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Entries in John Esther (58)

Friday
Feb012013

Blue Caprice

Blue Caprice
Directed by: Alexandre Moors
Released on: January 19th, 2013 (Sundance Film Festival)
Grade: 3 out of 5 meatballs
Reviewed by: John Esther

Inspired by the Beltway sniper attacks of October 2002, writer-director Alexandre Moor's feature debut premiered at the Sundance Film Festival.

Lee (Tequan Richmond) is a teenage boy living on the Antigua Islands by himself. Abandoned, he is drawn to John (Isaiah Washington), a father of three young children. After saving Lee's life, John takes Lee under his wings, providing the father figure Lee never had. After John's three children return to his mother, Lee fills a void for John, too.

Months later, John and Lee arrive in John's hometown of Washington, USA, in search of John's kids. It turns out that there is a restraining order against John, and he is not to contact his wife or kids.

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Monday
Dec242012

Jack Reacher

Jack Reacher
Directed by: Christopher McQuarrie
Released on: December 21st, 2012
Grade: 2 out 5 meatballs
Reviewed by: John Esther

Released one week after the shooting massacre in Newtown, CT, writer-director Christopher McQuarrie's Jack Reacher opens up with Charlie (Jai Courtney) aiming his high-powered rifle at several people going about his or her day in Pittsburgh, PA. Amongst the possible targets is a young girl (Sophie Guest).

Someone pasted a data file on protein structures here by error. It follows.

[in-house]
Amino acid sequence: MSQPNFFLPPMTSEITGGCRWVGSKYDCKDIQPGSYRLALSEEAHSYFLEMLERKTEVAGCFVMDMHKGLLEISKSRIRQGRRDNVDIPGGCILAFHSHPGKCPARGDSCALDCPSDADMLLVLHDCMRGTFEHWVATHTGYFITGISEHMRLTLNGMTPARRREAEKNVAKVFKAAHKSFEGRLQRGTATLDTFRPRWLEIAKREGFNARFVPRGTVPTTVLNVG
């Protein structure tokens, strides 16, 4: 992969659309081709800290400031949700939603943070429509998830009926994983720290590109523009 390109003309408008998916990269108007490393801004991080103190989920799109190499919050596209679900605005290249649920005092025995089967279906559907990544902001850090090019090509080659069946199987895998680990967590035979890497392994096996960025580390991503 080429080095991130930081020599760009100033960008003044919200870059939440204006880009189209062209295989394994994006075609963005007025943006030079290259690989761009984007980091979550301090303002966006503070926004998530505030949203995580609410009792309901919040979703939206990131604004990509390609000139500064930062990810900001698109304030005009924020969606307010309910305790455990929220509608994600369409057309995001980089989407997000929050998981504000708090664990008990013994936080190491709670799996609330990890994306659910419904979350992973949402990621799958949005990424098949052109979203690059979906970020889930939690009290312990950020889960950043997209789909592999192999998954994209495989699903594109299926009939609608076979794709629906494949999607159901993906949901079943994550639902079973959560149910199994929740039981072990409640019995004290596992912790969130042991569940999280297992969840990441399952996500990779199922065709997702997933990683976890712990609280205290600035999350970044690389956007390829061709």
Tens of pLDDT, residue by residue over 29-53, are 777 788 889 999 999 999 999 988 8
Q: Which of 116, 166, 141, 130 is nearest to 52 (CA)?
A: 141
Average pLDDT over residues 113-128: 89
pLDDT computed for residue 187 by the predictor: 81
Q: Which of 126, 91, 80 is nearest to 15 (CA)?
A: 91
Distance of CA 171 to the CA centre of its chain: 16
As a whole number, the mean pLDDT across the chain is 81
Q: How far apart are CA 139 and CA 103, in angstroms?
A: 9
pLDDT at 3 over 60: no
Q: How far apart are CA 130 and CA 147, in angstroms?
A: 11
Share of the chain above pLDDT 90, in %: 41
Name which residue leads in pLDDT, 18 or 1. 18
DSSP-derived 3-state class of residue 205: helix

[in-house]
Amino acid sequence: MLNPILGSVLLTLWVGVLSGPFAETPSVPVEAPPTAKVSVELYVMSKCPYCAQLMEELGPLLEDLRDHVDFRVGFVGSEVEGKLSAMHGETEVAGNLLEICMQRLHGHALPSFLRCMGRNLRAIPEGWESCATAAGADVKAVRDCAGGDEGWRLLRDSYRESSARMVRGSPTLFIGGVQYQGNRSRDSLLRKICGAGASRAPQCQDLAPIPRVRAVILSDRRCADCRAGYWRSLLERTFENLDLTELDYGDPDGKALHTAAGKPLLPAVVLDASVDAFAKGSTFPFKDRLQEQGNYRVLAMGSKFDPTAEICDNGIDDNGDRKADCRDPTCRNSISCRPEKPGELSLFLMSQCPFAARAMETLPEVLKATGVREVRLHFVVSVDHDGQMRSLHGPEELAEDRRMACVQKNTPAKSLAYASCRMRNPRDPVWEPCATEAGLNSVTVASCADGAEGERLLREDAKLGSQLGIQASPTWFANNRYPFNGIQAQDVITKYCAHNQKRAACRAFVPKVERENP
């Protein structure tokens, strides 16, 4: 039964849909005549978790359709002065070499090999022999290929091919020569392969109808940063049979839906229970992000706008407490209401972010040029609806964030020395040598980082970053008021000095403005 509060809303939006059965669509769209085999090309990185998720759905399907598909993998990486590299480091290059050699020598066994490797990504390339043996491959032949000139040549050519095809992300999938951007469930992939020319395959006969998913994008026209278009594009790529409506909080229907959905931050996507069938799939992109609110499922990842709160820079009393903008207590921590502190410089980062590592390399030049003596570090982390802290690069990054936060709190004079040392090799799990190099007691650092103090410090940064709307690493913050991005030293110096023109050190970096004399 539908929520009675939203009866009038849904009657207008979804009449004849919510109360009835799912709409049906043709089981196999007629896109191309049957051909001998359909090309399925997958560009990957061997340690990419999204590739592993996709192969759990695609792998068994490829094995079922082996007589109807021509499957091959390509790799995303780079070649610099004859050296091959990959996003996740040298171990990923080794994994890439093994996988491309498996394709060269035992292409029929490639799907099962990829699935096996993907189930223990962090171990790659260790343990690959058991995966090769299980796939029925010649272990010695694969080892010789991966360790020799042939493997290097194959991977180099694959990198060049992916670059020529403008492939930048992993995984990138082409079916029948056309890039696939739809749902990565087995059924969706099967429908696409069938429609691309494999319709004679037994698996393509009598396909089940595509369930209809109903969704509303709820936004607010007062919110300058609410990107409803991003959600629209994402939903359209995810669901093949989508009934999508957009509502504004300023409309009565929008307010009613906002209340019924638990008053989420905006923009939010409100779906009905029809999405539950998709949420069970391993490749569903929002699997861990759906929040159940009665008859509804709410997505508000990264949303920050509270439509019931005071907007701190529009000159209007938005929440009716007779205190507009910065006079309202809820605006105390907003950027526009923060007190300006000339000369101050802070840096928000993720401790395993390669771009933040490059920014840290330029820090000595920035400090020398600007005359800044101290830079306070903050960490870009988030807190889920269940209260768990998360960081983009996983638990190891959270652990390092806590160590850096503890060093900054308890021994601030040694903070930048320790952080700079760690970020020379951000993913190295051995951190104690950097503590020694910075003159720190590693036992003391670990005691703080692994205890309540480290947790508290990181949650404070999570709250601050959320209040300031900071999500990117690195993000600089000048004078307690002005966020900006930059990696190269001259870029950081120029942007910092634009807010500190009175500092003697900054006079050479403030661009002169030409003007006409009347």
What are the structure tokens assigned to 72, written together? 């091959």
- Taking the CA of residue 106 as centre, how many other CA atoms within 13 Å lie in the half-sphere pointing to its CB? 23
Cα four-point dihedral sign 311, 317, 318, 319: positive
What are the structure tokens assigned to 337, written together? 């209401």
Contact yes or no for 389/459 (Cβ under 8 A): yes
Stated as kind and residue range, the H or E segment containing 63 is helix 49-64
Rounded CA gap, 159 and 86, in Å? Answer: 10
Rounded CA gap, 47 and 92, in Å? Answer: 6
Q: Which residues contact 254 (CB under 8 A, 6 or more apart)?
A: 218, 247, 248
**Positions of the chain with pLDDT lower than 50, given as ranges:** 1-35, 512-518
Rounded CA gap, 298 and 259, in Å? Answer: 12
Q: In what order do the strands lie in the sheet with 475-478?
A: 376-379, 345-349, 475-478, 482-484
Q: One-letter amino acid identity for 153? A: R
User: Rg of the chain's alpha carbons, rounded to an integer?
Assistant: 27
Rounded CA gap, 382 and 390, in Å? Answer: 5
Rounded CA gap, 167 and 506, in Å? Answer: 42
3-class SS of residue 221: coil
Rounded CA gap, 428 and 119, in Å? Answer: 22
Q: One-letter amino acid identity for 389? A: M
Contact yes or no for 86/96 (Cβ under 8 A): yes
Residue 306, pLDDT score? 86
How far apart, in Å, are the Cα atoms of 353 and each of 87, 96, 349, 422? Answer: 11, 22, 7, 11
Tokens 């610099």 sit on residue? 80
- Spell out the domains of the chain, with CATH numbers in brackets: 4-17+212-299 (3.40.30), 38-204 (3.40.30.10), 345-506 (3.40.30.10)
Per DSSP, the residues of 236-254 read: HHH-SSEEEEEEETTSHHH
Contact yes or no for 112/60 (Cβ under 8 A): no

One can feel the tension in the theater. It may be too soon to show such images, but studios have to follow their release schedule.

Then Jai starts shooting, killing strangers from thousands of feet away.

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Monday
Jun202011

El Velador

El Velador (The Night Watchman)
Directed by: Natalia Almada
Screened at: LAFF 2011 | June 18th & 19th, 2011
Grade: 3 out of 5 meatballs
Reviewed by: John Esther

Few films or documentaries laboriously and quietly examine the life of the working poor as well as The Night Watchman (El Velador), the latest documentary by Natalia Almada (To the Other SideEl General).

Set in the infamous Cualican cemetery called "El Jardin" ("The Garden"), the night watchman, Martin, and others construct crass gravesites and mausoleums for the victims — or soldiers ("capos"), depending on how one looks at it — murdered as a result of the highly profitable narcotic trafficking in the northern Mexico area. Day by day, under the sun, gravediggers, bricklayers, cleaning women, food vendors, etc., do their low-paying jobs as the rich are put to rest. Without visible exception, the ones doing the work have already existed longer than the recently deceased.

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Monday
Jun202011

Sex Crimes Unit

Sex Crimes Unit
HBO Documentary Series
Screened at: LAFF 2011 | June 18th & 19th, 2011
Grade: 2 out of 5 meatballs
Reviewed by: John Esther

Two days and one day before the HBO premiere on June 20th, the Los Angeles Film Festival screened Sex Crimes Unit, an insightful yet flawed look at a group of dedicated city employees working to bring rapists and other sexually violent perpetrators to justice.

Before the Sex Crimes Protection Unit was formed in 1974 by Manhattan District Attorney and father of five daughters, Robert M. Morgenthau, victims of rape had very little legal recourse. Marital rape was not considered a crime (and good luck with prosecuting acquaintance or date rape cases). It was subject to statues of limitations. And more importantly, it was, and still is to a considerable degree, a victim-precipitated crime. In other words, a woman had it coming to her — even if she was married, at home, sober, in bed asleep, and the assailant broke into the house and sexually violated her. (Some of the reasoning behind this latter part, especially when it came to women holding this point of view, are among the more interesting moments in the documentary.)

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Monday